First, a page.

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Reasons Why Consumers Leave Product Reviews Online

Why Do People Leave a Review?

Have you ever left a review? I have, and I have to say, when I’m less than happy with the product, I tend to not review. Then I saw this research from Jungle Scout (MarketingCharts). It seems I’m not alone. It seems when we are the most likely to review is when we are going to say: Excellent, 5 stars!

Reasons Why Consumers Leave Product Reviews OnlineI really like that a large portion of reviewers leave reviews for altruistic reasons. Nearly 40% of people leave a review for the noble reason of helping others with the product or service. Most of us love to read the reviews, especially for more expensive items. Yet, this kind of research shows that reviews can be deceiving. If the majority of people leave a review when they are satisfied and a large percentage don’t when they are unsatisfied, then the numbers are skewed in favor of positive reviews.

Even more worrisome is that 30% get an incentive for leaving a review. I know economists would say that incentives drive all human behavior, but how accurate is a review that you need an incentive to post? And wouldn’t those reports be distorted due to Robert Cialdini’s theory of persuasion reciprocity, which states that human beings are wired to return favors or gifts. It is our subconscious or nature to feel obliged to those providing the favors or gifts.

So the next time you read a review, remember that there is more behind the review. And please rate my blog. I’d be happy to give you a mention in my blog if you do.

Mark Mathis III is chief creative & strategy officer, partner and cofounder of AMPERAGE Marketing & Fundraising.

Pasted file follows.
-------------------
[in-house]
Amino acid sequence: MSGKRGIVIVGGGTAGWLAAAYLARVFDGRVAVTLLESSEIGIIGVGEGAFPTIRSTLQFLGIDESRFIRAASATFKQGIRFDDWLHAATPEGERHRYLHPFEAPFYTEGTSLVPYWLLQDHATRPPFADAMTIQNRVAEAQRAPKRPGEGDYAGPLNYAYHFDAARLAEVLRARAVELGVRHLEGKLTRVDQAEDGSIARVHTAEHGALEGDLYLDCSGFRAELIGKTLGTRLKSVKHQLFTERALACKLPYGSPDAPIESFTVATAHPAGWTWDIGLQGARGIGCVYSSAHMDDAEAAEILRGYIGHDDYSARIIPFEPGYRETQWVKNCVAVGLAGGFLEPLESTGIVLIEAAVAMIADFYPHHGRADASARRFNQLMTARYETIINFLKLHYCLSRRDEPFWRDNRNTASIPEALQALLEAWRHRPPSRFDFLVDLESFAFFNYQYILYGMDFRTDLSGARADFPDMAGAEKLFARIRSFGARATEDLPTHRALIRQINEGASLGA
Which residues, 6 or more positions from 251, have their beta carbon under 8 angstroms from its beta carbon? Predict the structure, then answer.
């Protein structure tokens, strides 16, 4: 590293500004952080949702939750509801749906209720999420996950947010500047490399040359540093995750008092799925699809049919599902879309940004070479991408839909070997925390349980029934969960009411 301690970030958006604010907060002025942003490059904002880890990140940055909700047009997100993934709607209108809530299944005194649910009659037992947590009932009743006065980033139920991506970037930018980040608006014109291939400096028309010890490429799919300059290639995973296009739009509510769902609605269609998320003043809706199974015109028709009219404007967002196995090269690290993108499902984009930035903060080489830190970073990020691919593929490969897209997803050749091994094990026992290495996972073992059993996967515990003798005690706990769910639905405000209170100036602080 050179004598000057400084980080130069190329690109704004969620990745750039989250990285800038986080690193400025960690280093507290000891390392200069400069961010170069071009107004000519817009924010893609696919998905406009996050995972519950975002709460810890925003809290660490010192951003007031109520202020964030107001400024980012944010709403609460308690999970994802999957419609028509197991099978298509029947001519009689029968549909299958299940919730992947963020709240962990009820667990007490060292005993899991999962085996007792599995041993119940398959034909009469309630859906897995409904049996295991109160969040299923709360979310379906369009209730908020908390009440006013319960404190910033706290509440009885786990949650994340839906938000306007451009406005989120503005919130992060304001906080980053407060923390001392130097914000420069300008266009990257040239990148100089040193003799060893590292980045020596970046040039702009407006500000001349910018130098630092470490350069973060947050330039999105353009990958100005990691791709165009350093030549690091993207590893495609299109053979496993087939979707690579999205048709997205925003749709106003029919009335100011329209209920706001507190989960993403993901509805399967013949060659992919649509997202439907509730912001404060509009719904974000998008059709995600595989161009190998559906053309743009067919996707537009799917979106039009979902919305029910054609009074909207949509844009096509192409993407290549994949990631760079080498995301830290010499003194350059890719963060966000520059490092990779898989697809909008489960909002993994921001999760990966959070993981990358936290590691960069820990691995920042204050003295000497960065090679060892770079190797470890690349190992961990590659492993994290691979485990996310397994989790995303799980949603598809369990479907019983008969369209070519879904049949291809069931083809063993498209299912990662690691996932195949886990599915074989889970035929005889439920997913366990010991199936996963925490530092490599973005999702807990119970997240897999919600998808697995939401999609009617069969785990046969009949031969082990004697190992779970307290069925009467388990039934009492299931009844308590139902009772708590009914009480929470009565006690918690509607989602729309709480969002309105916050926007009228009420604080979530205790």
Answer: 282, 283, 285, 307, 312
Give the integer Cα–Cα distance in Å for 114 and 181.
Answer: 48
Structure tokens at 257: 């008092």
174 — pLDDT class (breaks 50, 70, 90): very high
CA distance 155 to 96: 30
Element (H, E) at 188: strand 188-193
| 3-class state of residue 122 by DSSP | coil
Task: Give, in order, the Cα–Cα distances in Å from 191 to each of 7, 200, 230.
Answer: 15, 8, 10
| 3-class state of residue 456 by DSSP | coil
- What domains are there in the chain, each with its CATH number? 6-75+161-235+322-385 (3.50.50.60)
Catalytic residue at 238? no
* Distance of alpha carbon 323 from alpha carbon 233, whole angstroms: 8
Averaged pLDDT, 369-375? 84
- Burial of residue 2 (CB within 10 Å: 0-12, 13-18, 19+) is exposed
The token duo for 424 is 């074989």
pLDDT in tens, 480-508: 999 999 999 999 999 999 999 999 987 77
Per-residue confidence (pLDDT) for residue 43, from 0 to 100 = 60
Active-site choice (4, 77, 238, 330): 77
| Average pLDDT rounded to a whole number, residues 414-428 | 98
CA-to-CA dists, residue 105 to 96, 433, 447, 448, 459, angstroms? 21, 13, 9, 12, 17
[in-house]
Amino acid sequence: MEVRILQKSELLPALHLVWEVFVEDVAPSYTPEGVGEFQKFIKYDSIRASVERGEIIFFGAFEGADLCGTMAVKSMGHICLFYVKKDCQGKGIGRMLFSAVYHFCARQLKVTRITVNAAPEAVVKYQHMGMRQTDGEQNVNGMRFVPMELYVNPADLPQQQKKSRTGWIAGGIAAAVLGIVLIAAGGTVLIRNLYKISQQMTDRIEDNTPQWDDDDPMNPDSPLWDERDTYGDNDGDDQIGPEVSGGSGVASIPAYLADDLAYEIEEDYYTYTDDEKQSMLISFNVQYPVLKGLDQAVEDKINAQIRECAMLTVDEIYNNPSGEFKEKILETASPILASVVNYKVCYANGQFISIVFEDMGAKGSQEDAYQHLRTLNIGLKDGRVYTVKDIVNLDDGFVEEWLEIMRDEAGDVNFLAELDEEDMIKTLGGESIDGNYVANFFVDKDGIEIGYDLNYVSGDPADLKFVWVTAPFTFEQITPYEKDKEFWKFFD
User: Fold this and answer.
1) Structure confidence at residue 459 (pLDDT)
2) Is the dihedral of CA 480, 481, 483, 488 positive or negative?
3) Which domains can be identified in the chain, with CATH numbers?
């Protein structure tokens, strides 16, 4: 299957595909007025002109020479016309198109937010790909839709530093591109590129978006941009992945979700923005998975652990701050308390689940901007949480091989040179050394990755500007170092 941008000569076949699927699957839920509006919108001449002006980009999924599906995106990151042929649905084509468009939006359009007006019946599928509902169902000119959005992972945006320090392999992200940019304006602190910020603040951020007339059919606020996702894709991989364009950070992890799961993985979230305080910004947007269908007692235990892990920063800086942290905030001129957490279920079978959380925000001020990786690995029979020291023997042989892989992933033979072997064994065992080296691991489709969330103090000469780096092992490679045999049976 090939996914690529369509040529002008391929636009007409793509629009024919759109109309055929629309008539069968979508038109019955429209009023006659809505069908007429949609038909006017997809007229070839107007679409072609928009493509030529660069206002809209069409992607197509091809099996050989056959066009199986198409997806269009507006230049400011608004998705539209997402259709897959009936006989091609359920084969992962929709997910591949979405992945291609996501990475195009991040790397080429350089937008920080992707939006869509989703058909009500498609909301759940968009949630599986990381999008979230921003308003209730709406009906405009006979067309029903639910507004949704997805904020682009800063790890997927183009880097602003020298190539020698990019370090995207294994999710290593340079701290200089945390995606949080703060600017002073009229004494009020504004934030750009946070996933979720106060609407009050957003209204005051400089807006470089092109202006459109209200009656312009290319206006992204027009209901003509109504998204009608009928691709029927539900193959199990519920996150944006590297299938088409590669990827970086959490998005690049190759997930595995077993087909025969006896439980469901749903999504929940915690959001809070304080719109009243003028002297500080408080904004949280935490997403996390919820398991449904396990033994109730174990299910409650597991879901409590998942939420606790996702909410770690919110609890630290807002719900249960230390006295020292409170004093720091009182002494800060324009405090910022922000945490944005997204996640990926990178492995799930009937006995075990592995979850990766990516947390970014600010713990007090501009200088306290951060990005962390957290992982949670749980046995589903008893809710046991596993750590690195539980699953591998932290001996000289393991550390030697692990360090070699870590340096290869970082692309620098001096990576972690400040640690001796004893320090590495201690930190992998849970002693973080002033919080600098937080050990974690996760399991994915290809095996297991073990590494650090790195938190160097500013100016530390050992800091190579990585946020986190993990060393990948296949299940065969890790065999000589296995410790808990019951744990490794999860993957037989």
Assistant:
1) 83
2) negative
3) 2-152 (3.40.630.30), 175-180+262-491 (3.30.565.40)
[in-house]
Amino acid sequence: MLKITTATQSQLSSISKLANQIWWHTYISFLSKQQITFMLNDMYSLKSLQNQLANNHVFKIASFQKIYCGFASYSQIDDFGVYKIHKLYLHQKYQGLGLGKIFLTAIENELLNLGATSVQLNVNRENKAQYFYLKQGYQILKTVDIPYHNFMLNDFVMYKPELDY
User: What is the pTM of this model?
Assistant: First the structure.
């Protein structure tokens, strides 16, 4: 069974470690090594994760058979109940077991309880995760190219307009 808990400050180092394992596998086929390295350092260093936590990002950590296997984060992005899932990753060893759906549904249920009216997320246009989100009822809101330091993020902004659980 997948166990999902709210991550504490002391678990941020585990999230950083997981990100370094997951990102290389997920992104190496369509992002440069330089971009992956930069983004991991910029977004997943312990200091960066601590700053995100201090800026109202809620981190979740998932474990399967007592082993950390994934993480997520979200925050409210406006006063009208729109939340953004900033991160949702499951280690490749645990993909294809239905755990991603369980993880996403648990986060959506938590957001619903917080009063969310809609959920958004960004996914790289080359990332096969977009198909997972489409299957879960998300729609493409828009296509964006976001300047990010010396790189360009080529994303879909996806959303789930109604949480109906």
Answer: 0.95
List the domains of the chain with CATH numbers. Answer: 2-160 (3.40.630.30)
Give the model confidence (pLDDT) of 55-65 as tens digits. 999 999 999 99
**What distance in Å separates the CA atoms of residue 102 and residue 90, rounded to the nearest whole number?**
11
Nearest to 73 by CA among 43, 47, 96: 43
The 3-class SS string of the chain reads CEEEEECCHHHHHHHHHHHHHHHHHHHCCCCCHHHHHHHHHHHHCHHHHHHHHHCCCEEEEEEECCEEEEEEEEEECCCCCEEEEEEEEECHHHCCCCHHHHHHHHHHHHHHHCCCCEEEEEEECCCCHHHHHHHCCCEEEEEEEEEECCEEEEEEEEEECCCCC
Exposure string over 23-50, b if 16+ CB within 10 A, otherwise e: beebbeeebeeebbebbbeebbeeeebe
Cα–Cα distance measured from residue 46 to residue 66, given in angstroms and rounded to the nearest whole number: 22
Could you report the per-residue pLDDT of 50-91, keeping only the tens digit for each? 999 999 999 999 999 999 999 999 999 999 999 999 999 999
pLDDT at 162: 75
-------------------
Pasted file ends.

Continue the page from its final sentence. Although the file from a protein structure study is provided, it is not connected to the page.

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Mark wrote his first direct-mail fundraising letter in 1981 for the University of Iowa Center for Advancement. The effort raised a few million dollars in undiscovered wills and legacy gifts. From that day forward Mark discovered a love of the big idea that moves the needle. After 12 years at KWWL, Mark became a business owner as a co-founder of ME&V — rebranded as AMPERAGE in 2015. After 25 years of leading creative teams in video production, graphic design, PR, writing and web development, Mark transitioned out of ownership in 2021. Today he serves in an employee role as special projects consultant. He is creatively ambidextrous — son of an artist and engineer — and famous for distilling complex ideas down to a few words and a few visuals. Mark is a writer. When he found that many nonprofits struggled with complex branding puzzles, he wrote the book, “NonProfit-NonMarketing .” He also wrote a novel called “Reenactment.” Mark is an active blogger OneMinuteMarketer® with nearly 1,000 readers each week on LinkedIn, Facebook, Twitter. One of his most popular YouTube videos is on “How to Look Good on Zoom.” One of Mark’s fondest business memories was being named to INC 500 two times and attending the INC 500 conference with other winners. Mark is considered by some a Civil War expert (and that explains his novel). Mark also served as an adjunct professor in the business and in the communications departments at Wartburg College. Mark is a graduate of the University of Iowa and is currently vice president of the University of Iowa Journalism and Mass Communications Advisory Board. Mark is married to state Sen. Liz Mathis, and the two love to travel, even when it means being trapped by a volcano in the Czech Republic for three weeks.